• Vaccine research. Finding a vaccine for HIV would of course be the most exciting way to prevent HIV infections. While millions of dollars has been put into finding a vaccine for HIV, the world still doesn’t have an effective drug to prevent HIV. However, at Davos in 2015,Bill Gates said that he expected a vaccine by 2030.
Suggested Areas for Giving

Suggested Areas for Giving

Given the clients’ giving interests and the current needs for HIV prevention, I’d suggest thinking about giving to the following initiatives:

  1. Preventing Mother to Child Transmission. Mothers2Mothers is a South African charity (with fundraising offices in the US and UK) that trains, employs, and supports Mentor Mothers, or mothers living with HIV. These Mentor Mothers work alongside doctors and nurses in understaffed health centers to educate pregnant women with HIV on how to prevent HIV in their children and keep their families healthy.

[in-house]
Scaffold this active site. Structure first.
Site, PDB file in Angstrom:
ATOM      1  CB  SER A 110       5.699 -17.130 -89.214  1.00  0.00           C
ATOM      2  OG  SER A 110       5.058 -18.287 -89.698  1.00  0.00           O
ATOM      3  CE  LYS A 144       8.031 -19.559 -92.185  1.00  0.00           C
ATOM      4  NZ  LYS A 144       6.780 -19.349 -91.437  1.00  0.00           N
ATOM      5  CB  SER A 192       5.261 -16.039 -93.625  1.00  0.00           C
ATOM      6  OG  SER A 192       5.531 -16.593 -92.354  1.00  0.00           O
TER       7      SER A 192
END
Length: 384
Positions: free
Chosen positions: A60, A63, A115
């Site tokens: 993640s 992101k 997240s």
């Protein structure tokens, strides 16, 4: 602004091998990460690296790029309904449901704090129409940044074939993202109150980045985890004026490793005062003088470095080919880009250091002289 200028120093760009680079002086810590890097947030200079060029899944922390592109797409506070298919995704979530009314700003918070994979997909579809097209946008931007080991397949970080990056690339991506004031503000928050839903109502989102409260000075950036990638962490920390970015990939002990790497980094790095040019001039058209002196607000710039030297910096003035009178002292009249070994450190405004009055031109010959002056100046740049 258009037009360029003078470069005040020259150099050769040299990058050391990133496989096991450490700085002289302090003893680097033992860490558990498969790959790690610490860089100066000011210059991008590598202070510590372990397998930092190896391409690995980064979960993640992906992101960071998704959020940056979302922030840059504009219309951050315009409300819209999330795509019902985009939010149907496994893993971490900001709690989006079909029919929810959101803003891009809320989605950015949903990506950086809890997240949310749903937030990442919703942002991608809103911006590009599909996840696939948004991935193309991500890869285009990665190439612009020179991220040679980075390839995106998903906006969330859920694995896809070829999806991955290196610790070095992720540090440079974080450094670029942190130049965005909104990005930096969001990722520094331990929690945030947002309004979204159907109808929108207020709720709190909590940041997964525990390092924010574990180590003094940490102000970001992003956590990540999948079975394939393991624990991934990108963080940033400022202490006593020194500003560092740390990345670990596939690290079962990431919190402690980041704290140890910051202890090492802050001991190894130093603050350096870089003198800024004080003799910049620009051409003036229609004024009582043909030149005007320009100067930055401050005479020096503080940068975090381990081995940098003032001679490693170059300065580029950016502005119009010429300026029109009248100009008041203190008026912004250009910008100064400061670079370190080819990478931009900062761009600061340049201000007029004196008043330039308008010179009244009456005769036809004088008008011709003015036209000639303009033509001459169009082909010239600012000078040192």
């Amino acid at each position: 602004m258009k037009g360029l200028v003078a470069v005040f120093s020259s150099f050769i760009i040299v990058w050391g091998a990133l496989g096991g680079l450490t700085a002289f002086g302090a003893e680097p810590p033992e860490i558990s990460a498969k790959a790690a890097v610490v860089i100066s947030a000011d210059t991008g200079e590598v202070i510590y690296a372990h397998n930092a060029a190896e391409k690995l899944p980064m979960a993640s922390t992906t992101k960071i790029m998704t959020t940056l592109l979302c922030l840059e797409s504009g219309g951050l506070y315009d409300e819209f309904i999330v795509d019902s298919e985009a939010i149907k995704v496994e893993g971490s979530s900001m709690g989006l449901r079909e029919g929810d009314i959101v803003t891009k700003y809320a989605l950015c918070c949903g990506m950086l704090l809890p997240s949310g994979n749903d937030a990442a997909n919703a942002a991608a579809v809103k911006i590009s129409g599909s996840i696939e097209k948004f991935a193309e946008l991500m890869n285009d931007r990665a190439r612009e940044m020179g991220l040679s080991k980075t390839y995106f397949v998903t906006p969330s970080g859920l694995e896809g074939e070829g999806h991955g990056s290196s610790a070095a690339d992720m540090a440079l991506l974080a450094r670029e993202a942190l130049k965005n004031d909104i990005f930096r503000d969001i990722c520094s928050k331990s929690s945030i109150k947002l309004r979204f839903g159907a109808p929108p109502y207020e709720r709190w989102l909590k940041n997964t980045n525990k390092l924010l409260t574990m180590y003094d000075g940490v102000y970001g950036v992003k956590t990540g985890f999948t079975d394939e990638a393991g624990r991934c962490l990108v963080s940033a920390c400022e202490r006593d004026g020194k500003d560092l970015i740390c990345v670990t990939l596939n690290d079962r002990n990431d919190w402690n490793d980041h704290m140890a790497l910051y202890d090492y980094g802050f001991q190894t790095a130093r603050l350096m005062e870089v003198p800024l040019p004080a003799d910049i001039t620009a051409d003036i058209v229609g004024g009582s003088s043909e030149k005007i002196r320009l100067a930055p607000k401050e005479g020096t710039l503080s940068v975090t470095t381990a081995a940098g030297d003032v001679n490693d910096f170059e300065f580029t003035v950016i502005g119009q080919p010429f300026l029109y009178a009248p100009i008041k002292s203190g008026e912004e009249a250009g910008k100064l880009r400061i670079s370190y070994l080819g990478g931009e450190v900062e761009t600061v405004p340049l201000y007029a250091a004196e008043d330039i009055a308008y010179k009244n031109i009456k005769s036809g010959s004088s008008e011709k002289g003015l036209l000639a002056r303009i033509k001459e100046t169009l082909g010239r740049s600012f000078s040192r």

Mothers2Mothers has found that the women Mentor Mothers serve are more likely to take antiretroviral drugs to prevent mother-to-child transmission of HIV. Furthermore, the infants of mothers in the Mothers2Mothers program are more likely to receive ARVs than those infants whose mothers are not in the program.

  1. Promoting voluntary medical male circumcision (VMMC) Jhpiego, (Johns Hopkins Program for International Education in Gynecology and Obstetrics) funds projects in safe, medically supervised male circumcision. Population Services International provides a suite of voluntary medical male circumcision services and advocacy in Africa, and recently circumcised its one millionth client.
  1. Preventing violence against women. HIV disproportionally affects women over men in Sub-Saharan Africa. Women are more likely to be HIV positive, and because of the unequal gender dynamics in many African communities, women are often not able to make their own decisions about their sexual relationships. Too many times, it’s their husbands or boyfriends who make the decisions for them.

The Ugandan-based nonprofit, Raising Voices (very kindly suggested to me by Dr. Helen Epstein herself), works on reducing intimate partner violence, and recently conducted a controlled trial of a program that not only reduced partner violence, but also reduced sexual concurrency.